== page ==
Score one for the people who lost their homes, the shareholders who lost their money and the hundreds of millions who suffered as a result of the financial meltdown of 2007.
Shawn Portmann, once one of the nation’s top mortgage lenders, landed in prison Monday for criminal mortgage practices. His short career epitomizes the naked greed and slick dealing that wrought incalculable harm on this country.
Portmann is atypical in one respect, though: Unlike nearly everyone else who created, sold or repackaged fraudulent home loans, he’s actually behind bars.
For several years, the Puyallup man was one of the nation’s star mortgage lenders. He and his employees – some of whom also landed in prison – closed nearly $1 billion worth of loans during the heady housing bubble.
As senior vice president of Pierce Commercial Bank, Portmann ran a Puyallup-based mortgage-lending operation that developed a lucrative sideline in predatory loans.
His rogue team broke every ethical standard in sight. To push loans through, federal investigators said, he and his employees falsified applicants’ employment records, fabricating bogus job histories and tax documents.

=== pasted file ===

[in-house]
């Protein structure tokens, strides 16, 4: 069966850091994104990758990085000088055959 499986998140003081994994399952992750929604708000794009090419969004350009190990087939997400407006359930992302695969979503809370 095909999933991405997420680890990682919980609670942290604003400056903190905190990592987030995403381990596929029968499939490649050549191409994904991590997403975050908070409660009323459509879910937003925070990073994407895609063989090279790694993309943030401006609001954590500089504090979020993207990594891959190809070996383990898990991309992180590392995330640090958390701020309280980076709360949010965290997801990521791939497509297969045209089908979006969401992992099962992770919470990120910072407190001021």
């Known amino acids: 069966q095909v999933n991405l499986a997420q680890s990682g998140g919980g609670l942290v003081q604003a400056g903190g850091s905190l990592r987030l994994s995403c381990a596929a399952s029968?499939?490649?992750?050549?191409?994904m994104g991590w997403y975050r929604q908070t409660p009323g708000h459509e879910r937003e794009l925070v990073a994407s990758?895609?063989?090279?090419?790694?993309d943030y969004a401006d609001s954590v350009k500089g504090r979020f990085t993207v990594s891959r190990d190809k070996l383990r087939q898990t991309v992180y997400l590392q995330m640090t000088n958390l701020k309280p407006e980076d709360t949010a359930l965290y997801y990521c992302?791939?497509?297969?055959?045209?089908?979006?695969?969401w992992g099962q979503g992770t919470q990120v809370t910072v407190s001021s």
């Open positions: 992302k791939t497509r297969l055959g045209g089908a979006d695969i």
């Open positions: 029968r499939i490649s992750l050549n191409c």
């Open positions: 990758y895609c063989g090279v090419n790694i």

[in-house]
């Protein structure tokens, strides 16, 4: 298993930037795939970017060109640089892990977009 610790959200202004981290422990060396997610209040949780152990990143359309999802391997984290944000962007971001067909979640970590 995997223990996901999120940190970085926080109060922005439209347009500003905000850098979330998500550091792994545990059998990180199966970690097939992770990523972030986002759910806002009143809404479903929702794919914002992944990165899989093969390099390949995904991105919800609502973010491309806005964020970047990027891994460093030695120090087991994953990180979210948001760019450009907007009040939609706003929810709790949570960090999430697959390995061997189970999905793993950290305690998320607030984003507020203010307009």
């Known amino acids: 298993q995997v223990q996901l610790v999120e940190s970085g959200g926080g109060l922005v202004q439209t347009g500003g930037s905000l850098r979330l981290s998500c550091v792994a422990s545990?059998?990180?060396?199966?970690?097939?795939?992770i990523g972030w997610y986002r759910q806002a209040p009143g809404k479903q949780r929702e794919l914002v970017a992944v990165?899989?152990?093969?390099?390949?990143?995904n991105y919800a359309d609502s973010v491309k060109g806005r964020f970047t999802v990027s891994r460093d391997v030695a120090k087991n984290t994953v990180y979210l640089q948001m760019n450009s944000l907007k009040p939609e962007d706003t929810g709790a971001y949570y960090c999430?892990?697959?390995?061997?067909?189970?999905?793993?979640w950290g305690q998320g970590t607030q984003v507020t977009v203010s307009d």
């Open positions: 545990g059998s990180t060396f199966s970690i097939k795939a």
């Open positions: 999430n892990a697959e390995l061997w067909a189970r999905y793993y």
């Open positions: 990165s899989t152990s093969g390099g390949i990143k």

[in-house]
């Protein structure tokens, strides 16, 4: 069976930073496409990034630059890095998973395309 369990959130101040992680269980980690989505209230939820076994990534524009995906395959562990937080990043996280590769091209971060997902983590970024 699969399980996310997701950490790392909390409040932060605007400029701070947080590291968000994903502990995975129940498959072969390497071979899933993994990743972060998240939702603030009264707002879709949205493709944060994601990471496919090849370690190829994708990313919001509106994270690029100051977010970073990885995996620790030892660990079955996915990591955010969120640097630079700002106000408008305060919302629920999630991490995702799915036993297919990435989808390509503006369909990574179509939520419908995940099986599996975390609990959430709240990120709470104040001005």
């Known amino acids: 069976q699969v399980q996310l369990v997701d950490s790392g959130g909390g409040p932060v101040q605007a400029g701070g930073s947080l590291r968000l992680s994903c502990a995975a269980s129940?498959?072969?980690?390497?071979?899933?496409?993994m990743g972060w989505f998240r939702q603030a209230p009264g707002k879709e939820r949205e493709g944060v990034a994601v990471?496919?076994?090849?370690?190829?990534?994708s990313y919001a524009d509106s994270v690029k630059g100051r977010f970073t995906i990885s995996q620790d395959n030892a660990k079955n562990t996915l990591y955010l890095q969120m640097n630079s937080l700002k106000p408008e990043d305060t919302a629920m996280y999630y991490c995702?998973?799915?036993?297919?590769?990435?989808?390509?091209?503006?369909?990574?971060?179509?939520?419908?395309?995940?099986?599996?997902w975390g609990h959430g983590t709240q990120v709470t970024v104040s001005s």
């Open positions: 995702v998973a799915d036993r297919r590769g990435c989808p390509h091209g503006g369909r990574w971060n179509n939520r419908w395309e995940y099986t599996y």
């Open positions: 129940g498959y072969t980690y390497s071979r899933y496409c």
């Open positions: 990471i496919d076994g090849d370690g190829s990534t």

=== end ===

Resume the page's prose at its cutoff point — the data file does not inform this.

He’d give them phantom jobs at rental agencies he owned. He’d salt their bank accounts with his own money to impress underwriters – then withdraw the money after the loan went through. He’d use a similar scheme to create the appearance that they had paid off their creditors.
Pierce Commercial has since collapsed as a result of the more than 300 bad mortgages Portmann’s operation processed. Half of those loans went into default. The $6.8 million the bank got from the federal Troubled Asset Relief Program will never be repaid.
One of Portmann’s defenses amounted to “everybody was doing it.” That’s no excuse, but there’s quite a bit of truth in it.
Prior to the meltdown, hundreds of dishonest lenders were mass-producing bad mortgages and selling them to other financial institutions. Higher on the food chain, slick Wall Street financiers turned the bundled loans into collateral for securities.
Every step of the way, risks were being off-loaded to someone else. Often those people were ordinary investors and taxpayers who had no idea they were being loaded up with assets built on rotting foundations.
Portmann is one of the very few predatory lenders to be prosecuted, and his reckoning took five years. None of the malefactors of great wealth on Wall Street has seen the inside of a jail cell. A few financial institutions have had to pay large civil penalties – burdens largely borne by innocent shareholders.
Justice has finally caught up with Portmann. It’s never going to catch up to most of his fellow predators.